Seattle writer Alexandra Oliva makes an impressive debut with her first novel, “The Last One,” in which a young woman competes in what appears to be a grim and realistic reality TV show. Oliva appears Friday, July 15, at Seattle’s Elliott Bay Book Co.
A woman wanders through a deserted Northeastern landscape. Where can she build a shelter? Does she have enough water to survive? And, most important, when will it all be over so she can go home?
In her debut novel, “The Last One” (Ballantine, 294 pp., $26), Alexandra Oliva takes this (possibly) post-apocalyptic setting, grafts on a knowledgeable skewering of the inner workings of reality television and gives us a gripping story of survival.
I say “possibly” because even though we’re told in the opening chapter that an editor on the production team of a reality-television show will be “the first to die,” we don’t know right away where the devastation comes from, or just how widespread it will be. Not yet.
The author of “The Last One” will appear at 7 p.m. Friday, July 15, at Seattle’s Elliott Bay Book Co., 1521 10th Ave.; free (206-624-6600 or elliottbaybook.com).
The story unfolds in chapters alternating between the setup and execution of the reality show “In the Dark,” and the first-person narrative of one of the show’s contestants, known only as Zoo.
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When we discover Zoo, she is foraging through an empty market, keenly aware of the overhead cameras that she assumes are recording her every move. She believes that she is on an extended “Solo Challenge,” where every empty building, or wild animal, or accident scene is an obstacle put in her way by the production staff of the show. But is it? Has something unthinkable happened in the outside world?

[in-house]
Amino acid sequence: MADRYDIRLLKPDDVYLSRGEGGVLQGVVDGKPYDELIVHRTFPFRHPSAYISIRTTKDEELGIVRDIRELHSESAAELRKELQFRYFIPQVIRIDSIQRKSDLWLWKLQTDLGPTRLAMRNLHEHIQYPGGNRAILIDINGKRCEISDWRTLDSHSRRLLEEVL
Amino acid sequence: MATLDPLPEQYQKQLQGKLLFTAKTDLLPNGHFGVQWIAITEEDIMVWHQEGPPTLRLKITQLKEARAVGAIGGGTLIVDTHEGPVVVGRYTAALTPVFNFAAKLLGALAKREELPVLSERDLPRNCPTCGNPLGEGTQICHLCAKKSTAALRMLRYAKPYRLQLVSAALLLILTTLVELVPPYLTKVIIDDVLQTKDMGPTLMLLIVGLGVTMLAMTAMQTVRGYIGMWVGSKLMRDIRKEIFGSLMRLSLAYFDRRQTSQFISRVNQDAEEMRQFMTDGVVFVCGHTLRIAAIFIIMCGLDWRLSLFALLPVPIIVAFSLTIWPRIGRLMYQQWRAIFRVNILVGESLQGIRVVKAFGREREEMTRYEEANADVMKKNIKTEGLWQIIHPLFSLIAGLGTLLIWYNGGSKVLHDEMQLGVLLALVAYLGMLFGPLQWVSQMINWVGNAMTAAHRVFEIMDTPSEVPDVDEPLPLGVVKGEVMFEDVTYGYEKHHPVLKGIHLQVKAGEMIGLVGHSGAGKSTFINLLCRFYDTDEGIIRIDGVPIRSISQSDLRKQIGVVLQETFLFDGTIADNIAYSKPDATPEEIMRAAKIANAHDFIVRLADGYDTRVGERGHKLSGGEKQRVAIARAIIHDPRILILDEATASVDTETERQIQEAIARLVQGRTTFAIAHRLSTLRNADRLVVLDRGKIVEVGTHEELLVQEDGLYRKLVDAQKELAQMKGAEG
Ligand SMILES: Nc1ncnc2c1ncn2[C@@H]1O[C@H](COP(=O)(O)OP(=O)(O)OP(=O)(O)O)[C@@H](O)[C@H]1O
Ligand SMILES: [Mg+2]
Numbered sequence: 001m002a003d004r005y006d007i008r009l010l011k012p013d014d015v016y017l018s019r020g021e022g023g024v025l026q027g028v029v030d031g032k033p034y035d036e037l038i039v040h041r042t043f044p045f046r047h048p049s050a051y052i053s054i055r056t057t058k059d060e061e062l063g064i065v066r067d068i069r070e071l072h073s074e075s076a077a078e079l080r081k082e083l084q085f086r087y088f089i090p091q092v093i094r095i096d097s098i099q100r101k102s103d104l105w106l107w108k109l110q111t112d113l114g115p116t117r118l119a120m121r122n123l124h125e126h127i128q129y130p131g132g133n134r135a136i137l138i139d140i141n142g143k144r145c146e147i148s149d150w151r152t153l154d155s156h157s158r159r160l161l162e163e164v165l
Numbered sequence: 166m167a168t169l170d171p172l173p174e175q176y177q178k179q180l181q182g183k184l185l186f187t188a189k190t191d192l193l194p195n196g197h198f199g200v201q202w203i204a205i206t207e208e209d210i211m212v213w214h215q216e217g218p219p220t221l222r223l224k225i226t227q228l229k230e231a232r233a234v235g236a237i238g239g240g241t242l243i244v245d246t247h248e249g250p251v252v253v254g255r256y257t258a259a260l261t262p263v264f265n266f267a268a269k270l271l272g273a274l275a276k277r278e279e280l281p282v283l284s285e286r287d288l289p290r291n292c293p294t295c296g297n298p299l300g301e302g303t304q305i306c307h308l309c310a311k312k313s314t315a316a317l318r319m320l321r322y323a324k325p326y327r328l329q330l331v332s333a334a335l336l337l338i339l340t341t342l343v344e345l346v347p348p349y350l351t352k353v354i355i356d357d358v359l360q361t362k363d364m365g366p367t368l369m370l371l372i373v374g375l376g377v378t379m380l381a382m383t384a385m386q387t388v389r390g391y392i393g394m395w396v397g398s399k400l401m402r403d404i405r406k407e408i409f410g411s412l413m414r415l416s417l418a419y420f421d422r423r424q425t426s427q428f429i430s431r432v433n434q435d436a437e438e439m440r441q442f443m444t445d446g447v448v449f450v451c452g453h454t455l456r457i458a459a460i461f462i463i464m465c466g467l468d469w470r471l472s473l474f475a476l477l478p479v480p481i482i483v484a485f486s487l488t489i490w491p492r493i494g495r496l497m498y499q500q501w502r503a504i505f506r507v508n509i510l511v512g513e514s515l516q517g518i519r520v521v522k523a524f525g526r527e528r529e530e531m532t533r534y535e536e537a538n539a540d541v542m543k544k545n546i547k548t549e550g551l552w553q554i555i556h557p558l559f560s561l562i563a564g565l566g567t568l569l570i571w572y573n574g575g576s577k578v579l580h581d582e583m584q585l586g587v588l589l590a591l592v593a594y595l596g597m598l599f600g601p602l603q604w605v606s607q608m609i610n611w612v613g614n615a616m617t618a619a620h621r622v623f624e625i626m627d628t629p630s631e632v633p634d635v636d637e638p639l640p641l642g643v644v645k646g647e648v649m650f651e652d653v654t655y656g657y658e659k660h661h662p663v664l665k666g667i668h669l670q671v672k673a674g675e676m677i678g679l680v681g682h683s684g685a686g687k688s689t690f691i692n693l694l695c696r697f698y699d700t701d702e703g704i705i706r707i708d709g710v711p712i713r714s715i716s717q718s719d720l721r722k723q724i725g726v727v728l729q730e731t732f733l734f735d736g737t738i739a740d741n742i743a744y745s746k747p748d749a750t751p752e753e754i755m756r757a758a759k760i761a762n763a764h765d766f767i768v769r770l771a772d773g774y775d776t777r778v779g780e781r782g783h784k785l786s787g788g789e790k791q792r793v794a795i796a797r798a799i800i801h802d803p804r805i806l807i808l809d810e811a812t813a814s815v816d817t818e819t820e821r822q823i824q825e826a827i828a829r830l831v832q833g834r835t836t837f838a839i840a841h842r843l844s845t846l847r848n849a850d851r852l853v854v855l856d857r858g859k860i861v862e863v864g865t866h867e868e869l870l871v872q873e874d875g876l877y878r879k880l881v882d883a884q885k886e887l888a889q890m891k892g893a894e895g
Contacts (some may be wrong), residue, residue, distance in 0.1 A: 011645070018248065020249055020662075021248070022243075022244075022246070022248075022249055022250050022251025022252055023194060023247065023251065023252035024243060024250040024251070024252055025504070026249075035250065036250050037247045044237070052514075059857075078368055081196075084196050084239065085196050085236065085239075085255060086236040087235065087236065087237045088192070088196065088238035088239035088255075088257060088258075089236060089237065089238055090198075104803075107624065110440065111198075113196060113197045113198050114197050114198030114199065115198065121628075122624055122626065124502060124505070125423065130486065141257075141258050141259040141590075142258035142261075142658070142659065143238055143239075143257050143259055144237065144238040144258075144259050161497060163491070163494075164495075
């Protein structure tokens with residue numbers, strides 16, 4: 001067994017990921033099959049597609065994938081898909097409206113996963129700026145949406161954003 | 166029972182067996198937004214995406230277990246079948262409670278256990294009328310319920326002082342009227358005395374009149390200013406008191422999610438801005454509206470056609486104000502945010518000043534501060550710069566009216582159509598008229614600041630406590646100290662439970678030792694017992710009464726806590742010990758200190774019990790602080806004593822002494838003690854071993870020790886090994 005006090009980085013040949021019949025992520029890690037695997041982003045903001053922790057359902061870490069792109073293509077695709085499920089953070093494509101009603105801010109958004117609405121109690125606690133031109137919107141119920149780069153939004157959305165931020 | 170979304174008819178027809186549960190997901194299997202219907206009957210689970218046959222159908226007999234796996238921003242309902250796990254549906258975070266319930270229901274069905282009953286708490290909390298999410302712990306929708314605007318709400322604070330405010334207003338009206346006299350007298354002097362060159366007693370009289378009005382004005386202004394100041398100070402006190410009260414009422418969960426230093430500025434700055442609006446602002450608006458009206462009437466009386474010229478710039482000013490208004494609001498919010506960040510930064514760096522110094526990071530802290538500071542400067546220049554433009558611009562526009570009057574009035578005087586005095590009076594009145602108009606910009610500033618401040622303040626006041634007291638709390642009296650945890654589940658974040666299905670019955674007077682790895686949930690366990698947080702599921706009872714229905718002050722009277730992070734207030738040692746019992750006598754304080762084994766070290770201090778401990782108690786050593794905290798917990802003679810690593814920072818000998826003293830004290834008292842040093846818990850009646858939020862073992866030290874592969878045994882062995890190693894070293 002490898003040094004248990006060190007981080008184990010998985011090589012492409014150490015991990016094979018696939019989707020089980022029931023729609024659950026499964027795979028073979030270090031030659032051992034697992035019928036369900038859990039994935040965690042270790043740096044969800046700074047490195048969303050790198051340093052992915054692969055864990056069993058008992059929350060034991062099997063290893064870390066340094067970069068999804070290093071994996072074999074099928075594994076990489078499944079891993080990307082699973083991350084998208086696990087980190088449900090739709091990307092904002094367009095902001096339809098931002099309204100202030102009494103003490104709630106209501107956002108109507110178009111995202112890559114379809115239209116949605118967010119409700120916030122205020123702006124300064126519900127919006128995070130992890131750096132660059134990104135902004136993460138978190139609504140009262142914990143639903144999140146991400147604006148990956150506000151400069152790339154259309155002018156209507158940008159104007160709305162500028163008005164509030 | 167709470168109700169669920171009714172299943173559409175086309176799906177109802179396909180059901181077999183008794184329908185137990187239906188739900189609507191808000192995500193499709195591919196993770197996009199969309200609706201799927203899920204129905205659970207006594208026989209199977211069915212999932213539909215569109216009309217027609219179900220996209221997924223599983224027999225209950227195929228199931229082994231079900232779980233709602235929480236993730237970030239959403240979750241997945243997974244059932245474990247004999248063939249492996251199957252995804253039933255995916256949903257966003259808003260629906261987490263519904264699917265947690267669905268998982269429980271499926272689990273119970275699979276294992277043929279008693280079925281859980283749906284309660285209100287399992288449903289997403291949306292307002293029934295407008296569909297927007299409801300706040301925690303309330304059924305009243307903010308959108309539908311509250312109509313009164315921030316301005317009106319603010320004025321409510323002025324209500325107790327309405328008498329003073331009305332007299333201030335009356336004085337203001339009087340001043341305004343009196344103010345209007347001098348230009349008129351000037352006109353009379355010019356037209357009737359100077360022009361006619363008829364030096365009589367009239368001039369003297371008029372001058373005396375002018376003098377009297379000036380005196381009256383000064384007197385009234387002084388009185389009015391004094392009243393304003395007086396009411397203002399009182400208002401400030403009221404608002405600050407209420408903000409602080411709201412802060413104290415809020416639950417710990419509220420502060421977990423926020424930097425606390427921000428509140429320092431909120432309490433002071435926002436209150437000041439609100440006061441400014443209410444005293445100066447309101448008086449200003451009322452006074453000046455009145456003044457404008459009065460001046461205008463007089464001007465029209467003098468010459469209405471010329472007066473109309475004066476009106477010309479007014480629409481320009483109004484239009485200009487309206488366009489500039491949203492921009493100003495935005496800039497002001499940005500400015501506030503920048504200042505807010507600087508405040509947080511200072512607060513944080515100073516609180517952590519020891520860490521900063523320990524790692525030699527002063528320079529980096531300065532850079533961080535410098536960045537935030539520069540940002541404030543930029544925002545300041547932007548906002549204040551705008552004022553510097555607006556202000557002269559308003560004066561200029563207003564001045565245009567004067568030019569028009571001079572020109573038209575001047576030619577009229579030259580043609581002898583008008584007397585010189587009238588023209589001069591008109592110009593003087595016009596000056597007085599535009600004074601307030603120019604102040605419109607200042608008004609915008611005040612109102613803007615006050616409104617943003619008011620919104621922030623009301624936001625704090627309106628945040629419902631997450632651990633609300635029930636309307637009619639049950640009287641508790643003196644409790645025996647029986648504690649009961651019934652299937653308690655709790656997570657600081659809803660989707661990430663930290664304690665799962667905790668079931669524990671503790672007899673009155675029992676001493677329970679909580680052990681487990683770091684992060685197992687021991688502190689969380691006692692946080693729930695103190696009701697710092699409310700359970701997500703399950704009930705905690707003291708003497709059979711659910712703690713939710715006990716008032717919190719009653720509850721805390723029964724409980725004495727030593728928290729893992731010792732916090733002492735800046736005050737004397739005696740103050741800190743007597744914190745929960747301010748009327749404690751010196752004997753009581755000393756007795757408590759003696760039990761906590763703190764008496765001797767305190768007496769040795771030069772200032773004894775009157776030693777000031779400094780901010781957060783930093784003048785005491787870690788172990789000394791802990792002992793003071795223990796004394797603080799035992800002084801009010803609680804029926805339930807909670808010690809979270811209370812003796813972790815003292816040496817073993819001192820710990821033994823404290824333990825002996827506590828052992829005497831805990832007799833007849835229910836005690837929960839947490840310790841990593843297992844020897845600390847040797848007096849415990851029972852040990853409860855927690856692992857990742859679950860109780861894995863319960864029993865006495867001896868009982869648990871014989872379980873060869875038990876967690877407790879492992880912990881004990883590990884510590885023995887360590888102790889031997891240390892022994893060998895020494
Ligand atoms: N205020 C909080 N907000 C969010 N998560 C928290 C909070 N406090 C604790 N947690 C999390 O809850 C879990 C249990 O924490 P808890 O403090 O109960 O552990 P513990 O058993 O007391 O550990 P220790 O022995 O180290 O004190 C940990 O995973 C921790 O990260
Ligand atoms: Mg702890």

This is the genius of Oliva’s storytelling. As the story unfolds, we don’t know what is “real” and what is possibly a very well-executed television program.
Fans of reality TV will recognize many of the genre’s mainstays: the preening, B-list celebrity host, the challenges that more-than-likely come with a twist, the “confessionals” (where the contestants speak directly to the camera), and the handpicked-for-maximum-diversity contestants, all given names that reflect their professions (Air Force, Banker, Carpenter Chick, Waitress).
Oliva is so spot-on with her depiction of reality-television shows that I wonder if she’s ever worked on one. She also has fun with reality-TV show fans, excerpting comments from online-chat boards throughout the story.
As Zoo forges on, losing her glasses, worrying about her husband back home, she is confronted with increasingly stronger signs that the world around her has changed forever. Her stubbornness turns to grit and determination and then heartbreak as she presses on to discover the truth, not only about her surroundings, but herself.
A Seattle resident, Oliva makes a stunning debut with this page turner, and becomes a writer to watch.